Q2 =C21 (V2 -V1)+C23D (V2 -V3D)+C22D (V2 -V2G)                  (18)

where V1, V2, V3D and V2G are the potentials of the first semiconductor region 10, the second semiconductor region 12, the third conductive region 31 and the common insulated gate 30, respectively.

Suppose that V1 =0 and V1G1 (the initial value of V2G)=0. Then,

Q2 =C21 V2 +C23D (V2 -V3D)+C22G (V2 -V2G)=CTOT V2 -C23D V3D -C22G V2G(19)

Therefore,

V2 =Q2 /CTOT ∫+(C23D V3D -C22G V2G)CTOT                                        (20)

Although the capacitances are voltage-dependent, it is presumed herein that the capacitances are constant for simplicity.

Suppose that a current iph flows into the second semiconductor region 12 when incident light falls on the photoelectric cell and dark current is id. Then,

Q2 =Q20 +∫0 t (iph +id)dt(21)

where Q20 is an initial charge. Supposing that the iphm is the mean value of the current iph in the integration time,

V2 =V1D1 +(iphm +id)t/CTOT +ΔV2G C22G /CTOT                            (22)

Expression (22) shows that the higher the intensity of the incident light, the greater is the change in the potential V2 of the second semiconductor region 12 in a fixed time from the setting of the initial potential. In expression (22), ##EQU5##

The gate threshold voltage VthM of the memory transistor 22 is a function of the potential difference V2 between the second semiconductor region 12 serving as the channel forming region, and the first semiconductor region 11 serving as a source, which is expressed most simply by:

VthM =VFB +2.o slashed.FB +B(2.o slashed.FB -V2)1/2                                         (24)

B=(t11)(2qεs N2m)1/2(25)

where .o slashed.FB is the Fermi level (level with respect to the center of the forbidden band in an energy band) of a portion of the second semiconductor region 12 in which a channel is formed, i.e., the channel forming region 39, ε1 is the dielectric constant of the gate insulating film, t1 is the thickness of the gate insulating film, εs is the dielectric constant of the channel forming region 39, and N2m is the mean impurity density of the surface depletion region of the channel forming region 39.

When a given voltage is applied to the common insulated gate 30, a memory transistor current IM of the memory transistor 22 flows between the third conductive region 31 and the surface of the first semiconductor region 10. This memory transistor current IM is expressed by:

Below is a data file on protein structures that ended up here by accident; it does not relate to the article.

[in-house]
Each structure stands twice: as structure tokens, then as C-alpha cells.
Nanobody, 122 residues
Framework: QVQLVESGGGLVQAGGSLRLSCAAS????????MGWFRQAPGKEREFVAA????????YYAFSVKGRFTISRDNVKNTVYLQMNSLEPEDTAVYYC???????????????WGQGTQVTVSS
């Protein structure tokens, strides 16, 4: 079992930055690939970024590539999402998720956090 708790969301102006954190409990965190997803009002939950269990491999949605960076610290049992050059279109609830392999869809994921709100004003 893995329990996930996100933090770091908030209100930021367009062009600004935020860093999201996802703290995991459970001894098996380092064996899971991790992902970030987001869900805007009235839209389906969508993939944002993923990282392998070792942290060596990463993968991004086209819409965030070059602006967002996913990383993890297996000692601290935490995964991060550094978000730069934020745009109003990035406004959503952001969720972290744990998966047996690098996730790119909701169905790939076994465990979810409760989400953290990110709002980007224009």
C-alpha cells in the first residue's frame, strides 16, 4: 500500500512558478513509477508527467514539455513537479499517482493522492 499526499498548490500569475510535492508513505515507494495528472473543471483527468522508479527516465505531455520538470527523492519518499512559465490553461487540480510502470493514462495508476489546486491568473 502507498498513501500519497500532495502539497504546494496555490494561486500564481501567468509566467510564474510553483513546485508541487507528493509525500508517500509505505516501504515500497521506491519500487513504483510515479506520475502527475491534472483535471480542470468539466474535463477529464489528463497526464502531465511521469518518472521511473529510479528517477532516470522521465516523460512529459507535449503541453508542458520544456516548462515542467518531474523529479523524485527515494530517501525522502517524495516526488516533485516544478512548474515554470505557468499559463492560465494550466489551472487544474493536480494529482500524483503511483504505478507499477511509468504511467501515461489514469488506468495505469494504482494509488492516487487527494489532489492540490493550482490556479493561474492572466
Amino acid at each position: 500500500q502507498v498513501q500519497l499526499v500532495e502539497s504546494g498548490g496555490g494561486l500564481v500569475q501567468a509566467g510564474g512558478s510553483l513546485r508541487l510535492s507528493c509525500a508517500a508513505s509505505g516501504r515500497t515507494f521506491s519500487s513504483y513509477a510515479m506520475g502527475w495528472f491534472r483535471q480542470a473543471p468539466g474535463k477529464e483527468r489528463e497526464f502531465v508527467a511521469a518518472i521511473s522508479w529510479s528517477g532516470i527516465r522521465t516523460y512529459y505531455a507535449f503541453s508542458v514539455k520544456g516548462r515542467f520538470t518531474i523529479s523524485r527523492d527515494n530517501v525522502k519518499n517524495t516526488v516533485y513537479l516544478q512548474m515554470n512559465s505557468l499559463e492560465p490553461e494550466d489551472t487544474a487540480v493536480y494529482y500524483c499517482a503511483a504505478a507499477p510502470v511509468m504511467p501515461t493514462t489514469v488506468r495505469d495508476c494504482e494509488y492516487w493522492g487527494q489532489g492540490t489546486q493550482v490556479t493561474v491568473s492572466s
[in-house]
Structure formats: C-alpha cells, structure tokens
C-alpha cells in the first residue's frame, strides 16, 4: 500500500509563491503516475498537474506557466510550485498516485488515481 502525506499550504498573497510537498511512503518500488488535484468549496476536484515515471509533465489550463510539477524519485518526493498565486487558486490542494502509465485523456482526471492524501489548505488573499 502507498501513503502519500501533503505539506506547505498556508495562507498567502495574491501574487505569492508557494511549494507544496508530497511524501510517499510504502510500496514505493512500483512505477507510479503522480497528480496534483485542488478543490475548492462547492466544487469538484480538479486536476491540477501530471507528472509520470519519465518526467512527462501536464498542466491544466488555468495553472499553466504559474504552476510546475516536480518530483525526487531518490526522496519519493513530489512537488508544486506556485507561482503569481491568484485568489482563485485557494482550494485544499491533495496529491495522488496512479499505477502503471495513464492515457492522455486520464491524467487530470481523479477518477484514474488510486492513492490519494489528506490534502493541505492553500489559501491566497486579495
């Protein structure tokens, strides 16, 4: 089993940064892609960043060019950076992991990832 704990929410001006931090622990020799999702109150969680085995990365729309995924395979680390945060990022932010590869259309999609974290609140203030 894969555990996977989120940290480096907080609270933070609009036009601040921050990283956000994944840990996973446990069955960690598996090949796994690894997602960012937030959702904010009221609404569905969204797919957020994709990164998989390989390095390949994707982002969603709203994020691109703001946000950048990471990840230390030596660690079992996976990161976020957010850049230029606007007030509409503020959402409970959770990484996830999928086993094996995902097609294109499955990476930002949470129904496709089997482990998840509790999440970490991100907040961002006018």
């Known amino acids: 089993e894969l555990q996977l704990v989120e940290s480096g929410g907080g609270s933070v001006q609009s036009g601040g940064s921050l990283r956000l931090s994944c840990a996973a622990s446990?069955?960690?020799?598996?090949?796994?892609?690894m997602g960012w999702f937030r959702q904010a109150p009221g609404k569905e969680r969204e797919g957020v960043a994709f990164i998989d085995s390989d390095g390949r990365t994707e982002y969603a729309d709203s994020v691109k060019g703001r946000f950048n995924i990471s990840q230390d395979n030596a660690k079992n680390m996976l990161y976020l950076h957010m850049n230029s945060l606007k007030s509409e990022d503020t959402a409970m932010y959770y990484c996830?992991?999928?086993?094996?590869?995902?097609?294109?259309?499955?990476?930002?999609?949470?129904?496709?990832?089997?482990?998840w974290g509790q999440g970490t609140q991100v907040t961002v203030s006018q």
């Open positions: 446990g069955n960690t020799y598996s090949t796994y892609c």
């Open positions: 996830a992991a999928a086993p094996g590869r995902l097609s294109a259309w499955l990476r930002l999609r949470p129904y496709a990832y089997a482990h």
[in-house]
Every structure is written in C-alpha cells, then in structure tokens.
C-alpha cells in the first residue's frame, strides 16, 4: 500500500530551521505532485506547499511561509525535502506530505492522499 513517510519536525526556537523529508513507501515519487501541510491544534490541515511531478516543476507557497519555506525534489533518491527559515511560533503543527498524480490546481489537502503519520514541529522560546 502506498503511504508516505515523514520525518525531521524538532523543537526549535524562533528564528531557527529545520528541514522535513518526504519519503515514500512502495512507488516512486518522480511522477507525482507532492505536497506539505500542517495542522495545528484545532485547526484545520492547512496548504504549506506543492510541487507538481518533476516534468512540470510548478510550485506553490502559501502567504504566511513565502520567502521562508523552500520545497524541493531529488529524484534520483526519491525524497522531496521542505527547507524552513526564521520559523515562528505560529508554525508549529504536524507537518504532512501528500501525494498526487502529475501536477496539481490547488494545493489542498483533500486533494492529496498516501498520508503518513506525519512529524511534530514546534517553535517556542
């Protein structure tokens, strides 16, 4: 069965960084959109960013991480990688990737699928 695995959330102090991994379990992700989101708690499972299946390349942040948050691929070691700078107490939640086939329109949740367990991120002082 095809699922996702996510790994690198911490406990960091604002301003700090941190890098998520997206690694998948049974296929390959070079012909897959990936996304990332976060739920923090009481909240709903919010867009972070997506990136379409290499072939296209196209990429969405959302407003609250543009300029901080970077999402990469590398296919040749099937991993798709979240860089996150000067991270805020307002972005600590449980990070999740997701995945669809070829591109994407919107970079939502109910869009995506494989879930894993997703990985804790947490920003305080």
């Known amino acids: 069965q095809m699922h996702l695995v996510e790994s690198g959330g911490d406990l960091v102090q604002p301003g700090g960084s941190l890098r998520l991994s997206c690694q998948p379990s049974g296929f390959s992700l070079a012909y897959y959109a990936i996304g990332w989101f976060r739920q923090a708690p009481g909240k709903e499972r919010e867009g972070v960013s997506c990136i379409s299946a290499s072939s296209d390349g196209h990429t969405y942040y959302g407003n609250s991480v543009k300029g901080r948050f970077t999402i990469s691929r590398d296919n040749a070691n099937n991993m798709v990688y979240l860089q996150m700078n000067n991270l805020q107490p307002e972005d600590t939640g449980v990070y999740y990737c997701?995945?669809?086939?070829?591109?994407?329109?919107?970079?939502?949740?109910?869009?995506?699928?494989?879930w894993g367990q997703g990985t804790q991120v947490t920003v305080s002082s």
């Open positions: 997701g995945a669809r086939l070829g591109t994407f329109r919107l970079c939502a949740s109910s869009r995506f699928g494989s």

IM =(β/2)(V2G -VthM)p 

p=1 to 2                                                   (26)

β=(με1 /t1)(WM /LM)         (27)

The gate voltage V2G of the photoelectric cell can be selectively determined according to the purpose of use of the photoelectric cell. For example, suppose that VthMO is the gate threshold voltage (the voltage V2 when t=0 in expression (22) for convenience' sake) of the memory transistor 22 at the setting of the initial potential (strictly, the gate voltage V2G is further applied to the common insulated gate 30) and V2G =VthMO. Then, the transistor current IM that flows through the memory transistor 22 is: ##EQU6##

That is, the intensity of the current IM that flows through the memory transistor 22 is proportional to the product of the photocurrent iphm and the detection time or to the square of the same product.

A voltage differing from the gate threshold voltage by a fixed difference can be known by reading a voltage at which the current IM of the memory transistor 22 coincides with a specified value by sweeping the gate voltage V2G of the common insulated gate 30. The intensity of the photocurrent can be determined from this voltage and expressions (22) and (24). In this state, a sawtooth voltage is applied to the common insulated gate 30.

Factors determining the sensitivity of the photoelectric cell are the dark current id, the dispersion of the gate threshold voltage and the temperature characteristic. The influence of the dark current id on the sensitivity of the photoelectric cell is the same as that of the dark current on the sensitivity of the conventional photoelectric cell. Problems attributable to the dispersion of the gate threshold voltage and temperature variation, similarly to the problems in the first embodiment, can be solved to some extent by incorporating a VthMO generating circuit shown in FIG. 2 into a chip in which the photoelectric cell is formed. In the second embodiment, the channel forming region of the VthMO generating transistor Qref is biased by a bias voltage expressed by:

VBIAS =V1D1 +{VthMO -(V1D1 +VthW -V1G1)}C22G /CTOT                (29)

The second embodiment uses the third conductive region 31 as the drain of the memory transistor 22. In this case, it is desirable that at least a portion of the third conductive region 31 extending under the common insulated gate 30 is a comparatively lightly doped region, i.e., a lightly doped drain, having an impurity density in the range of 11018 to 51019 atoms/cm3.